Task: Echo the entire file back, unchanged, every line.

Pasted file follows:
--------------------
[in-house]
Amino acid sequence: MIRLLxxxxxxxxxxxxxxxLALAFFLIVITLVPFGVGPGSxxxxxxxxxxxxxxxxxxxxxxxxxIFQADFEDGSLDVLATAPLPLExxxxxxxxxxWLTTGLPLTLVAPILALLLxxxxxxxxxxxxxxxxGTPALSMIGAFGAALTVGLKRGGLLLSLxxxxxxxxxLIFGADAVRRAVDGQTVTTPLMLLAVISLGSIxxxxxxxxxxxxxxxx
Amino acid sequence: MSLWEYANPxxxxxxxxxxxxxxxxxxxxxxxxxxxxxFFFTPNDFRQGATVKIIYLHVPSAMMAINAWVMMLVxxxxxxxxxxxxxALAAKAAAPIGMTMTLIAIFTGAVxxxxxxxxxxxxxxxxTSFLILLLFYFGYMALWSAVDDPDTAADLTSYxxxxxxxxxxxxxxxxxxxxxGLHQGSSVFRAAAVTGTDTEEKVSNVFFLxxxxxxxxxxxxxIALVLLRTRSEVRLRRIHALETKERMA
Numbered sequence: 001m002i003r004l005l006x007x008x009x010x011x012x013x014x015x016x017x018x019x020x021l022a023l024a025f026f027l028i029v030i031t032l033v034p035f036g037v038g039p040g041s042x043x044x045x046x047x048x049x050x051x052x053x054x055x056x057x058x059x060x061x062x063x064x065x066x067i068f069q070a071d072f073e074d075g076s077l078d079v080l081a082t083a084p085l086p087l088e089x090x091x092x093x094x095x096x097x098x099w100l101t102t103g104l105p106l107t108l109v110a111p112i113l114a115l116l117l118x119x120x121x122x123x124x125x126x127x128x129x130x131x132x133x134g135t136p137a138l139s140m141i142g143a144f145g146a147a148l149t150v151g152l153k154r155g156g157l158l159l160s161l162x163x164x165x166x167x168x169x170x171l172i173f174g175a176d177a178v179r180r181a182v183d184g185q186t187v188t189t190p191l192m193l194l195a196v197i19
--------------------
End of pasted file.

[in-house]
Amino acid sequence: MIRLLxxxxxxxxxxxxxxxLALAFFLIVITLVPFGVGPGSxxxxxxxxxxxxxxxxxxxxxxxxxIFQADFEDGSLDVLATAPLPLExxxxxxxxxxWLTTGLPLTLVAPILALLLxxxxxxxxxxxxxxxxGTPALSMIGAFGAALTVGLKRGGLLLSLxxxxxxxxxLIFGADAVRRAVDGQTVTTPLMLLAVISLGSIxxxxxxxxxxxxxxxx
Amino acid sequence: MSLWEYANPxxxxxxxxxxxxxxxxxxxxxxxxxxxxxFFFTPNDFRQGATVKIIYLHVPSAMMAINAWVMMLVxxxxxxxxxxxxxALAAKAAAPIGMTMTLIAIFTGAVxxxxxxxxxxxxxxxxTSFLILLLFYFGYMALWSAVDDPDTAADLTSYxxxxxxxxxxxxxxxxxxxxxGLHQGSSVFRAAAVTGTDTEEKVSNVFFLxxxxxxxxxxxxxIALVLLRTRSEVRLRRIHALETKERMA
Numbered sequence: 001m002i003r004l005l006x007x008x009x010x011x012x013x014x015x016x017x018x019x020x021l022a023l024a025f026f027l028i029v030i031t032l033v034p035f036g037v038g039p040g041s042x043x044x045x046x047x048x049x050x051x052x053x054x055x056x057x058x059x060x061x062x063x064x065x066x067i068f069q070a071d072f073e074d075g076s077l078d079v080l081a082t083a084p085l086p087l088e089x090x091x092x093x094x095x096x097x098x099w100l101t102t103g104l105p106l107t108l109v110a111p112i113l114a115l116l117l118x119x120x121x122x123x124x125x126x127x128x129x130x131x132x133x134g135t136p137a138l139s140m141i142g143a144f145g146a147a148l149t150v151g152l153k154r155g156g157l158l159l160s161l162x163x164x165x166x167x168x169x170x171l172i173f174g175a176d177a178v179r180r181a182v183d184g185q186t187v188t189t190p191l192m193l194l195a196v197i19